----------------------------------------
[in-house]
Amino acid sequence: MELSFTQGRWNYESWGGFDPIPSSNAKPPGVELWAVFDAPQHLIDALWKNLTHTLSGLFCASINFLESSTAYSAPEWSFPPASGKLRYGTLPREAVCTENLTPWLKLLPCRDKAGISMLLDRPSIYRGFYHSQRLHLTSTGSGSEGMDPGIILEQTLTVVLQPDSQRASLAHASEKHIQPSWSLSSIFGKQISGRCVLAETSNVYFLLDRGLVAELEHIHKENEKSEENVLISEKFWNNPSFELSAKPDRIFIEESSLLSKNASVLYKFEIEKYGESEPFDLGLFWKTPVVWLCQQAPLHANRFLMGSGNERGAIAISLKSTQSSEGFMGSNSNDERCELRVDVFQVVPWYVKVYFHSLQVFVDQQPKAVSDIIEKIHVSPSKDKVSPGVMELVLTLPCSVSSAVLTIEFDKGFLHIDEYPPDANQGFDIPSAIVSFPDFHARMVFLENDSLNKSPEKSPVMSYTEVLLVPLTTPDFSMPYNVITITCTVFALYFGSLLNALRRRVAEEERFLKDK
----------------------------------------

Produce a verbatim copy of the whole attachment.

[in-house]
Amino acid sequence: MELSFTQGRWNYESWGGFDPIPSSNAKPPGVELWAVFDAPQHLIDALWKNLTHTLSGLFCASINFLESSTAYSAPEWSFPPASGKLRYGTLPREAVCTENLTPWLKLLPCRDKAGISMLLDRPSIYRGFYHSQRLHLTSTGSGSEGMDPGIILEQTLTVVLQPDSQRASLAHASEKHIQPSWSLSSIFGKQISGRCVLAETSNVYFLLDRGLVAELEHIHKENEKSEENVLISEKFWNNPSFELSAKPDRIFIEESSLLSKNASVLYKFEIEKYGESEPFDLGLFWKTPVVWLCQQAPLHANRFLMGSGNERGAIAISLKSTQSSEGFMGSNSNDERCELRVDVFQVVPWYVKVYFHSLQVFVDQQPKAVSDIIEKIHVSPSKDKVSPGVMELVLTLPCSVSSAVLTIEFDKGFLHIDEYPPDANQGFDIPSAIVSFPDFHARMVFLENDSLNKSPEKSPVMSYTEVLLVPLTTPDFSMPYNVITITCTVFALYFGSLLNALRRRVAEEERFLKDK